Singapore is allocating SGD144m (US$106.3m) to help foster food-related innovation including lab-grown meat as the city-state seeks to reduce its reliance on imports and create local jobs.
The plans, which were widely reported in the media, were provided as an update to the government’s SGD19bn Research, Innovation and Enterprise 2020 strategy introduced in 2016, and in terms of food-related products, will focus on tropical aquaculture, urban agriculture, and advanced biotech-based protein production.
Singapore is seeking to produce 30% of its nutritional needs locally by 2030, according to Bloomberg, adding that the state will hone its research on plant and microbial-based proteins, as well as cell-based cultured meat.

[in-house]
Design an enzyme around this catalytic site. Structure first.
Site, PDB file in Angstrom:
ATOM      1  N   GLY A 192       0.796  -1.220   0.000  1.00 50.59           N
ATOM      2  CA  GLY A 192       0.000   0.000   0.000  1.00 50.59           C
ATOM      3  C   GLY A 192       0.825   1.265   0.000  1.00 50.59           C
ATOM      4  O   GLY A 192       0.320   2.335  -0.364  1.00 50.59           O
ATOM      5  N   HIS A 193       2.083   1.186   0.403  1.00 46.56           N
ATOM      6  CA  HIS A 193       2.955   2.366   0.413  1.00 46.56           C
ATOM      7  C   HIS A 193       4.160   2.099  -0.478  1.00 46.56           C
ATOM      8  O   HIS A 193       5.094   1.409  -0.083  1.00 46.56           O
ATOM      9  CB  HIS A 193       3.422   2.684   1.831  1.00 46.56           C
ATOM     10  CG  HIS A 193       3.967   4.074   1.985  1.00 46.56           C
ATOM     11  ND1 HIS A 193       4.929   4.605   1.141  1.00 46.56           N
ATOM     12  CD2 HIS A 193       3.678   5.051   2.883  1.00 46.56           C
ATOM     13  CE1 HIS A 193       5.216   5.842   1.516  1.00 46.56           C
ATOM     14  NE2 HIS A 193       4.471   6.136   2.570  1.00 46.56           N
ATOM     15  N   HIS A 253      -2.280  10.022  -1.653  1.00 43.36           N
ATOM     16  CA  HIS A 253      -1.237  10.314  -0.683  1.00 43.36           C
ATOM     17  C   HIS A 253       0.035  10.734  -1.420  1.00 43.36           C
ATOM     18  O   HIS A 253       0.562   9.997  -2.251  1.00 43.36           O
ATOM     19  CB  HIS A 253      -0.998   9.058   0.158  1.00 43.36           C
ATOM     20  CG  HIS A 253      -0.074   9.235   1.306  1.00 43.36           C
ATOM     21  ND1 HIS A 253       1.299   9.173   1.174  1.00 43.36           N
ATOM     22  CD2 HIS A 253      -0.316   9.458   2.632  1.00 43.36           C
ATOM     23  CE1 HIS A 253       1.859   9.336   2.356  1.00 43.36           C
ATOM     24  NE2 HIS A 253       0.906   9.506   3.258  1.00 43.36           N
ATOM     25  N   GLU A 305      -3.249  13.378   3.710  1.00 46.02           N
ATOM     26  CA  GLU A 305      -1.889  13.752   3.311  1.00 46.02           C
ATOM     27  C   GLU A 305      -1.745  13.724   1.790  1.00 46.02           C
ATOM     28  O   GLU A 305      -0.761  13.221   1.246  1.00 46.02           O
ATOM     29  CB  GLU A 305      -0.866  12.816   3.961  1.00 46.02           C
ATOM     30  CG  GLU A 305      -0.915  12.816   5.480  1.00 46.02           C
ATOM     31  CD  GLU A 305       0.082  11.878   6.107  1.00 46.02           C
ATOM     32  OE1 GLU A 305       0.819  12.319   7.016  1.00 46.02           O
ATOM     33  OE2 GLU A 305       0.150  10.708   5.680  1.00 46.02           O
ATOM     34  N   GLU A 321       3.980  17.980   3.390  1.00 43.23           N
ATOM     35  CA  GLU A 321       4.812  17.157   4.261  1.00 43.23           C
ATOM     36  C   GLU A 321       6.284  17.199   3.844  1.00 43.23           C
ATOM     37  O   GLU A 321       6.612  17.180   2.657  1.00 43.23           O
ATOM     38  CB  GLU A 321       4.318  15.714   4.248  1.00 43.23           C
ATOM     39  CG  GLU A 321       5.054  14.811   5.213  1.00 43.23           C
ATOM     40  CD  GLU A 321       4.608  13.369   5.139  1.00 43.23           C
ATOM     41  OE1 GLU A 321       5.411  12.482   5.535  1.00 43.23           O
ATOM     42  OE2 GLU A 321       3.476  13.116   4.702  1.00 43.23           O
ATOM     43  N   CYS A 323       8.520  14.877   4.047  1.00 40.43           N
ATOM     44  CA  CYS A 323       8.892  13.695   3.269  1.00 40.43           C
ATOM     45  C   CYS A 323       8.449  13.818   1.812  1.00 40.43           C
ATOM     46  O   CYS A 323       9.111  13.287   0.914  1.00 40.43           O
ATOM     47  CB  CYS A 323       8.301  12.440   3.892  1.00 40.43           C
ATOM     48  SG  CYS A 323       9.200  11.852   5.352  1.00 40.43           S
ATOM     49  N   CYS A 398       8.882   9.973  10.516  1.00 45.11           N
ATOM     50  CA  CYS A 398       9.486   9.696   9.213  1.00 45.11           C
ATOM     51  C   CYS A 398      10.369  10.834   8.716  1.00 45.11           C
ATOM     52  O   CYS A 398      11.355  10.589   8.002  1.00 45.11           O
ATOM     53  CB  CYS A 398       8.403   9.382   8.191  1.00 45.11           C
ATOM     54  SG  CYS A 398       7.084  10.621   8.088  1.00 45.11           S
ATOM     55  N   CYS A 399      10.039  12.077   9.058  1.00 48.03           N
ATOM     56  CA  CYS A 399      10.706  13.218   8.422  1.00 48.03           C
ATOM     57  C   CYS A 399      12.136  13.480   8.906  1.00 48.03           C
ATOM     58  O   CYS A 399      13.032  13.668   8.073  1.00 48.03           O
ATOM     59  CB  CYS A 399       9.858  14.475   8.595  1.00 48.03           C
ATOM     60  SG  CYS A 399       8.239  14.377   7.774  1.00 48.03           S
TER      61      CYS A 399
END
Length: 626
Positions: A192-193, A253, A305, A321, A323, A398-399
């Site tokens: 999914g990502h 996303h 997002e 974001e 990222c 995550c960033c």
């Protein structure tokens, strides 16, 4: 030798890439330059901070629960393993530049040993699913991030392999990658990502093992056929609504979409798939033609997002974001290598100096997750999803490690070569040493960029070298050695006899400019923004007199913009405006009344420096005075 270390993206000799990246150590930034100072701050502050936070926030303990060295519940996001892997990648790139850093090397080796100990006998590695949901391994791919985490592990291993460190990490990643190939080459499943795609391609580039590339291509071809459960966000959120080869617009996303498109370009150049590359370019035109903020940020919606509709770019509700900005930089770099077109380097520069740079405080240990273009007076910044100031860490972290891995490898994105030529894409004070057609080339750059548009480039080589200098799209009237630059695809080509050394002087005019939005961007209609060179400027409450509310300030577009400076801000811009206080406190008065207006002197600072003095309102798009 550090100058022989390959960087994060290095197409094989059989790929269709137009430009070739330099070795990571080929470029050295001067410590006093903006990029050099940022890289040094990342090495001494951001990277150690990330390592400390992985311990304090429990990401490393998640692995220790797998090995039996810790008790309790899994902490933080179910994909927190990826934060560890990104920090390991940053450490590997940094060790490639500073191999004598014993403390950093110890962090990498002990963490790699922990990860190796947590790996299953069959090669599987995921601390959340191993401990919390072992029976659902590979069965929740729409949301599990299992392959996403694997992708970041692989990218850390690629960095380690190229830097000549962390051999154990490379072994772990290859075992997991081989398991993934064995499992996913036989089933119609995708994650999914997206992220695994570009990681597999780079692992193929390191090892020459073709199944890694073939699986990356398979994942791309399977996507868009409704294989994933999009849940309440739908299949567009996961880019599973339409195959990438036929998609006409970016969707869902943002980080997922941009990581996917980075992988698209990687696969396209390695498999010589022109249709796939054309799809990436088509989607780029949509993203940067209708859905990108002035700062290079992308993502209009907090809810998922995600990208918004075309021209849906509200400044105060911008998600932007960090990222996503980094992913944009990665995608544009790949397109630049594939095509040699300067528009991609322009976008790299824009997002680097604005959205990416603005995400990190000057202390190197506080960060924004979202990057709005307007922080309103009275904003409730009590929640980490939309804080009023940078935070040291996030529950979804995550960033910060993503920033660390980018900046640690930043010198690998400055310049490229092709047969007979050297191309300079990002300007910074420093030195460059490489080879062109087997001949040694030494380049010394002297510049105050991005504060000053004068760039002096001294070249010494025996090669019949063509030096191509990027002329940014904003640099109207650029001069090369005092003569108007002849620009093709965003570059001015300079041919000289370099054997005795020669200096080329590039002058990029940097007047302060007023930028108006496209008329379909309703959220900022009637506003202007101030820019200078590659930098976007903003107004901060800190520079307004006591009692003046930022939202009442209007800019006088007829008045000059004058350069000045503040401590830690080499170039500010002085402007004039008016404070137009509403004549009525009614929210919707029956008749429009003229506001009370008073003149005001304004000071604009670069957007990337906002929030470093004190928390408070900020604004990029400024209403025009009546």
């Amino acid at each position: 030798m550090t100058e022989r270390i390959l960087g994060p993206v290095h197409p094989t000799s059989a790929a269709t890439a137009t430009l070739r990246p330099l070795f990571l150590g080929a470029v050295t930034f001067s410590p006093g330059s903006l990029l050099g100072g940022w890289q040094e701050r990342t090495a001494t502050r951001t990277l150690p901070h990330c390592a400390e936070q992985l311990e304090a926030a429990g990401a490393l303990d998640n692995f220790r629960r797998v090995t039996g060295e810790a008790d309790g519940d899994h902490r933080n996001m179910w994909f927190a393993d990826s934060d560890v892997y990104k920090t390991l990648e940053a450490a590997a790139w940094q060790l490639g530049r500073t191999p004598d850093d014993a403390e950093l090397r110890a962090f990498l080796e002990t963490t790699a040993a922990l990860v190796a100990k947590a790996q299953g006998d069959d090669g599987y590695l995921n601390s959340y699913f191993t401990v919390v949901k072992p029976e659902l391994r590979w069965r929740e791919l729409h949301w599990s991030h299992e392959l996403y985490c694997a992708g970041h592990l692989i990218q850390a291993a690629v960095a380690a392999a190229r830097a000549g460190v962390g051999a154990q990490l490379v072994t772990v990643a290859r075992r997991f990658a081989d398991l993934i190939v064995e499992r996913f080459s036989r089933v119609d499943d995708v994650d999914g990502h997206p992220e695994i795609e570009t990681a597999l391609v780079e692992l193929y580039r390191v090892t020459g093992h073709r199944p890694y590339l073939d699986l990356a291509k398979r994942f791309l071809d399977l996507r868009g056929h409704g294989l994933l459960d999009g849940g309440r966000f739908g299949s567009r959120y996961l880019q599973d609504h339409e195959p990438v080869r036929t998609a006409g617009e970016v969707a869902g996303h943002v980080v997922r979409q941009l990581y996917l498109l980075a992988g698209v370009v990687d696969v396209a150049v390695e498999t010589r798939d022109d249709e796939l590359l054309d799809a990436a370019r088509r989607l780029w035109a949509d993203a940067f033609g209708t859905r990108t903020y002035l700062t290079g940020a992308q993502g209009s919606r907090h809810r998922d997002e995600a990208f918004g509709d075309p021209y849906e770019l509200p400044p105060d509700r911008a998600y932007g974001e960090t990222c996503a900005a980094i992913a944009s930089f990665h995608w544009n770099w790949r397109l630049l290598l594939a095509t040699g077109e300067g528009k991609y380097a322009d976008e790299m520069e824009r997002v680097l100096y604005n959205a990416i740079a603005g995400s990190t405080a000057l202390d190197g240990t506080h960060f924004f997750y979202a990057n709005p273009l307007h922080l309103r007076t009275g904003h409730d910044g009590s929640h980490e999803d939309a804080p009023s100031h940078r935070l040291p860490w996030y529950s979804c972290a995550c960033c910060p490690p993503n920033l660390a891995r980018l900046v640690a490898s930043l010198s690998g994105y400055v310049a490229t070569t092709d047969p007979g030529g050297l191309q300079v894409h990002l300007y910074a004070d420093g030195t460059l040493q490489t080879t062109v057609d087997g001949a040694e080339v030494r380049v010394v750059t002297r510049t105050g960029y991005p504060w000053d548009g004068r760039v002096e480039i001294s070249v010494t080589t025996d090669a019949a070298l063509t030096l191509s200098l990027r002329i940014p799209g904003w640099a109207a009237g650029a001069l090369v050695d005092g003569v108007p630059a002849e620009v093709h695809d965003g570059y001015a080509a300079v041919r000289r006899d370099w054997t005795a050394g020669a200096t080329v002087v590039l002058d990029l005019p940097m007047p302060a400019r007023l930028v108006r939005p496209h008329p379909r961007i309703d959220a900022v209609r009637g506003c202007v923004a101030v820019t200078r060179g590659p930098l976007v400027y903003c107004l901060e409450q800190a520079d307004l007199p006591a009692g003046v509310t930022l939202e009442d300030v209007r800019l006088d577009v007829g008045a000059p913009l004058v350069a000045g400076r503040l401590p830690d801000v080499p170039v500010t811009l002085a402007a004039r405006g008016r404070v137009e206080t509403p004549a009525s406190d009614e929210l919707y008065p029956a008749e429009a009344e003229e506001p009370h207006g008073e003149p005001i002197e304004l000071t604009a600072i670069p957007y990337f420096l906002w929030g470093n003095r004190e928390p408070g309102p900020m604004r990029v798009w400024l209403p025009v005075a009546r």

Singapore’s Bioprocessing Technology Institute (BTI) has already started trials on culturing meat, which will be grown in bioreactors. Cells will comprise most of the culture meat, with bulking agents making up the rest.
However, its nutritional value will be similar to traditional meat, according to Dr Kelvin Ng, the head of strategic innovation at BTI.
Meanwhile, scientists at the National University of Singapore are reportedly creating the next generation of so-called supercrops that can survive drought and high temperatures, and which will also be disease-resistant.